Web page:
The clause allows the Secretary of State to adjust the range of pension schemes to which part 1 of the Bill applies, either to extend the regime or to disapply it in whole or in part. As it stands, the clause is an extraordinarily wide provision. This almost turns on its head the normal approach, which is to determine policy first and then to legislate. We accept the importance of having flexibility to deal with the changing models that an agile sector might bring forward, but in scrutinising this legislation we need to have the opportunity to test the boundaries of that flexibility.
It appears that we will not now get further details of the regulations before the Bill leaves the House, despite what the Constitution Committee has said to the Government. As I mentioned earlier, that is a real shame. I therefore have a few questions for the Minister. The Minister in the other place suggested that the clause would be used to disapply some or all of the provisions for a mixed benefit master scheme. Given the amendments tabled in this place in relation to mixed benefit schemes, can the Government outline how exactly this clause will be used? Which schemes will be carved out of the regulation, to borrow a phrase from the Minister?
I know that additional voluntary contributions and non-associated multi-employer schemes were raised in the other place, but can the Government also confirm whether they plan to carve out schemes on an individual scheme basis or exclude them on a broad scheme basis through the application of more general principles?
I thank the hon. Gentleman for his comments, which I will answer. The overall principle is to allow the flexibility that accepts that master trusts, which have grown tremendously over the past couple of years, do not fit into a one-size-fits-all formula. It is certainly not a case of saying this is the scheme’s rule; it is basically optional whether someone is in it or not, because it can be carved out. I know that the hon. Gentleman understands that and respects the principle. Again, it comes down to how it will be applied. We want to make it specific. We have had some useful consultations with master trusts and others on this subject. The regulations will give us the flexibility to ensure that we can deal with the existing situation and see what examples have been thrown up. More importantly, there will be the flexibility to change. The clause makes provisions to modify part 1 where it applies.
We have tried hard in a complex area to ensure that all relevant master trusts are in the scope of the authorisation regime. That is the point of the part of the Bill that we have been discussing up to now. As I have said, things change and the industry moves quickly. That is why we are calling for a type of flexibility that would not on the face of it seem necessary because the Bill regulates master trusts, which we all agree is the right thing to do—there is no question about that. The industry has shown that it is very flexible and can change. The provisions will be designed so that the regulations can be disapplied if they are not relevant. We intend to ensure that the whole system for authorisation, which we have discussed at length, applies in a proportionate way.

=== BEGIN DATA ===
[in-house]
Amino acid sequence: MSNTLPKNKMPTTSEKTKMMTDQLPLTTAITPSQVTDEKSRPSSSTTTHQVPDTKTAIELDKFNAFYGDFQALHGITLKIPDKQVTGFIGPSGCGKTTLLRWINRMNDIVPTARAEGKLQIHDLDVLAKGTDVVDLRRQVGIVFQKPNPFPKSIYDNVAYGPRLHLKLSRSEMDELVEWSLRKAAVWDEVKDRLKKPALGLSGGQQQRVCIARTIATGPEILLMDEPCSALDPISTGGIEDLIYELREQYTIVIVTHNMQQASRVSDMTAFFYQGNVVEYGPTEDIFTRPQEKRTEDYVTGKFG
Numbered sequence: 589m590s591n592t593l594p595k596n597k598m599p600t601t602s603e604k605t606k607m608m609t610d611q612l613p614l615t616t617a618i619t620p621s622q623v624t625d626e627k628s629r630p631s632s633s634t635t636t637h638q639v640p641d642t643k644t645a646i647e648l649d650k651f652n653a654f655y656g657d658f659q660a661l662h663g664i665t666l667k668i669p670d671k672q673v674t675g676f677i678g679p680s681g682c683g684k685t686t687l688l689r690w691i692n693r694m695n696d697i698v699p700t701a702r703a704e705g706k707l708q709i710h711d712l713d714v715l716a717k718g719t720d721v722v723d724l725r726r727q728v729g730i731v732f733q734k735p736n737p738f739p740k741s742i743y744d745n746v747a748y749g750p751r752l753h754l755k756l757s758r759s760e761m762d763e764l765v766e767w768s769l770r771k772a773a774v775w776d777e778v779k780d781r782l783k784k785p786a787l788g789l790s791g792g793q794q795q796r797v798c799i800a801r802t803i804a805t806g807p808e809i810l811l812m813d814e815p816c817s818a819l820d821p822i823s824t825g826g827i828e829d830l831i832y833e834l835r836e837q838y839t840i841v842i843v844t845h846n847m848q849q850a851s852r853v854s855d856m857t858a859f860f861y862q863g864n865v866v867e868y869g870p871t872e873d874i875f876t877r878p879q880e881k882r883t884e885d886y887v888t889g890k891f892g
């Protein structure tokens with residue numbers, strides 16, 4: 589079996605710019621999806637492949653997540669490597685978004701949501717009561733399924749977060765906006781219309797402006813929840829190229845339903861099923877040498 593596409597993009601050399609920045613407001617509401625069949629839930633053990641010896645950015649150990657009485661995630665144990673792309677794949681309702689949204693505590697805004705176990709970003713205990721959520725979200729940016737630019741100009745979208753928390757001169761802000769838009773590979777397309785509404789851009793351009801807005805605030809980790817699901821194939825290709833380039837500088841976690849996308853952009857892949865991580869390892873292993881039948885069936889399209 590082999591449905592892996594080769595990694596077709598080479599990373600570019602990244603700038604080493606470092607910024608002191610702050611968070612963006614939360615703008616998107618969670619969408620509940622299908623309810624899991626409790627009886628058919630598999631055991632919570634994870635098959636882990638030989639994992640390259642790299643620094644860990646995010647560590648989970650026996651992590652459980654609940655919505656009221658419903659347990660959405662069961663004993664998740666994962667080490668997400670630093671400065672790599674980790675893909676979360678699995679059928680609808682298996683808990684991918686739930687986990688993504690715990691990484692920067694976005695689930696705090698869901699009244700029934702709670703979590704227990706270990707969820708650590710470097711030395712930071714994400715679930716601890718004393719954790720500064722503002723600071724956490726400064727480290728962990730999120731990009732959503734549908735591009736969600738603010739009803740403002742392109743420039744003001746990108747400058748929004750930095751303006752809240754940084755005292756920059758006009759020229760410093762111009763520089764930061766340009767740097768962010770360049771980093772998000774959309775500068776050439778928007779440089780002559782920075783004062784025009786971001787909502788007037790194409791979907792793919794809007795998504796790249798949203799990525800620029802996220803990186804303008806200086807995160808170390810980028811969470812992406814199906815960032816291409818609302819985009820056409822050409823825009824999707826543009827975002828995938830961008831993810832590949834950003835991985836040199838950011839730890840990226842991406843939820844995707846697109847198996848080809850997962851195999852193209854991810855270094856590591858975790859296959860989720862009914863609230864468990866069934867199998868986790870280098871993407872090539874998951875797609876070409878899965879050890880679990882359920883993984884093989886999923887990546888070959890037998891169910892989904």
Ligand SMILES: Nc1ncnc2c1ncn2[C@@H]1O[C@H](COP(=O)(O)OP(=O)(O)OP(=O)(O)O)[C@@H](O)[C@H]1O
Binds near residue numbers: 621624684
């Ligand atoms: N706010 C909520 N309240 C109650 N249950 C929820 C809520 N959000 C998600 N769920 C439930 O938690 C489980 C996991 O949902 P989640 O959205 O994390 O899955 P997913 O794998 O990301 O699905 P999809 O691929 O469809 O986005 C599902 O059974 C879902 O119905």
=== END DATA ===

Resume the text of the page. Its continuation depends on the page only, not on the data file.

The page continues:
The scope of the power was discussed extensively in the other place. We have made it clear—this is the critical point, if the hon. Gentleman will bear with me—that we intend to continue discussions with the industry and also with the regulator to develop secondary legislation. It is not as though civil servants, however good they are, have sat in a room and just designed regulations. We have asked for time after the Bill to make sure they reflect the way in which the industry has developed. The passage of the Bill, from concept to now, could be near equivalent to the time that master trusts have grown in the first place. I hope that the hon. Gentleman will bear with me. We have indicated that we intend to consult on regulations under clause 41(1)(b) in relation to mixed master trust schemes, where the only money purchase benefits are those related to the additional voluntary contributions. It is technical and much of it is common sense, but it has to be done right, otherwise there will be unintended consequences of institutions and members of schemes being caught when it is perfectly well dealt with elsewhere. I know that the hon. Gentleman would not want that to happen.
Another example would be the provisions in clause 41 for regulations
“which provide for two or more pension schemes to be treated as a single Master Trust”.
Again, that is in certain circumstances. Those circumstances would be common control, common rules or schemes provided by the same service provider. It is easy to say that common sense will prevail but we need the flexibility to ensure that the framework is there for those specific, albeit exceptional, cases.
I believe strongly in the clause and think it necessary that the significant regulatory powers included in it have the potential to alter the scope of the regime. Members will want to debate and approve the making of such regulations. That is why, as I have mentioned several times—albeit once incorrectly—that these are subject to the affirmative procedure; they will not be done on new year’s eve at five minutes to twelve without anybody noticing. The purpose is not to hide this from Parliament or anybody else, but to ensure that we get this important provision in the Bill absolutely right.